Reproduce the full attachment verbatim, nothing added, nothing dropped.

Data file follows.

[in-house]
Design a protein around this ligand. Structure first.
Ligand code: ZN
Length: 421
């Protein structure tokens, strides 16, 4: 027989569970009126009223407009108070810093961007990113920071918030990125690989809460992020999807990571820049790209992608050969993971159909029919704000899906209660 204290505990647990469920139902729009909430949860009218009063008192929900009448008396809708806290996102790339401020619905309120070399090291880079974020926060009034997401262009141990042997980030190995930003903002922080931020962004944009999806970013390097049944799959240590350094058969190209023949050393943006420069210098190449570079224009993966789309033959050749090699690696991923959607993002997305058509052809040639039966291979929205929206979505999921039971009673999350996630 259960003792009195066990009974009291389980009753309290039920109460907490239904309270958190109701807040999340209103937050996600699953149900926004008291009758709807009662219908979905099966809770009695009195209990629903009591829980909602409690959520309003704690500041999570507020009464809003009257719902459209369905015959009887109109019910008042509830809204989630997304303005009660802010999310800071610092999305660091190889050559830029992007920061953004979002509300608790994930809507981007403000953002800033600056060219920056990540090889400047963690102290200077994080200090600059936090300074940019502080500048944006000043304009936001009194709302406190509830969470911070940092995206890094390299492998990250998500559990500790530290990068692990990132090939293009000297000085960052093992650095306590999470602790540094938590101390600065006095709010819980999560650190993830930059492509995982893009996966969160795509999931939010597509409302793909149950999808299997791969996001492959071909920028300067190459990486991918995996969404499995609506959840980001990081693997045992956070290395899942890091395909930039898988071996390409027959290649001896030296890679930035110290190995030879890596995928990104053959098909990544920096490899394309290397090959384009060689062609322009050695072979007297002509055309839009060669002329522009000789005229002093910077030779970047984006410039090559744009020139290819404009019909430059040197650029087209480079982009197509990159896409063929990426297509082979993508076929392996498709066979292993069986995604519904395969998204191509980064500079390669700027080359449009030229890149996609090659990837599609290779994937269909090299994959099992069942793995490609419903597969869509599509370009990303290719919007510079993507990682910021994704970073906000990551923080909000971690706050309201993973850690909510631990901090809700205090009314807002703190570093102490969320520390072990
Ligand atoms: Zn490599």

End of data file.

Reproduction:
[in-house]
Design a protein around this ligand. Structure first.
Ligand code: ZN
Length: 421
């Protein structure tokens, strides 16, 4: 027989569970009126009223407009108070810093961007990113920071918030990125690989809460992020999807990571820049790209992608050969993971159909029919704000899906209660 204290505990647990469920139902729009909430949860009218009063008192929900009448008396809708806290996102790339401020619905309120070399090291880079974020926060009034997401262009141990042997980030190995930003903002922080931020962004944009999806970013390097049944799959240590350094058969190209023949050393943006420069210098190449570079224009993966789309033959050749090699690696991923959607993002997305058509052809040639039966291979929205929206979505999921039971009673999350996630 259960003792009195066990009974009291389980009753309290039920109460907490239904309270958190109701807040999340209103937050996600699953149900926004008291009758709807009662219908979905099966809770009695009195209990629903009591829980909602409690959520309003704690500041999570507020009464809003009257719902459209369905015959009887109109019910008042509830809204989630997304303005009660802010999310800071610092999305660091190889050559830029992007920061953004979002509300608790994930809507981007403000953002800033600056060219920056990540090889400047963690102290200077994080200090600059936090300074940019502080500048944006000043304009936001009194709302406190509830969470911070940092995206890094390299492998990250998500559990500790530290990068692990990132090939293009000297000085960052093992650095306590999470602790540094938590101390600065006095709010819980999560650190993830930059492509995982893009996966969160795509999931939010597509409302793909149950999808299997791969996001492959071909920028300067190459990486991918995996969404499995609506959840980001990081693997045992956070290395899942890091395909930039898988071996390409027959290649001896030296890679930035110290190995030879890596995928990104053959098909990544920096490899394309290397090959384009060689062609322009050695072979007297002509055309839009060669002329522009000789005229002093910077030779970047984006410039090559744009020139290819404009019909430059040197650029087209480079982009197509990159896409063929990426297509082979993508076929392996498709066979292993069986995604519904395969998204191509980064500079390669700027080359449009030229890149996609090659990837599609290779994937269909090299994959099992069942793995490609419903597969869509599509370009990303290719919007510079993507990682910021994704970073906000990551923080909000971690706050309201993973850690909510631990901090809700205090009314807002703190570093102490969320520390072990
Ligand atoms: Zn490599």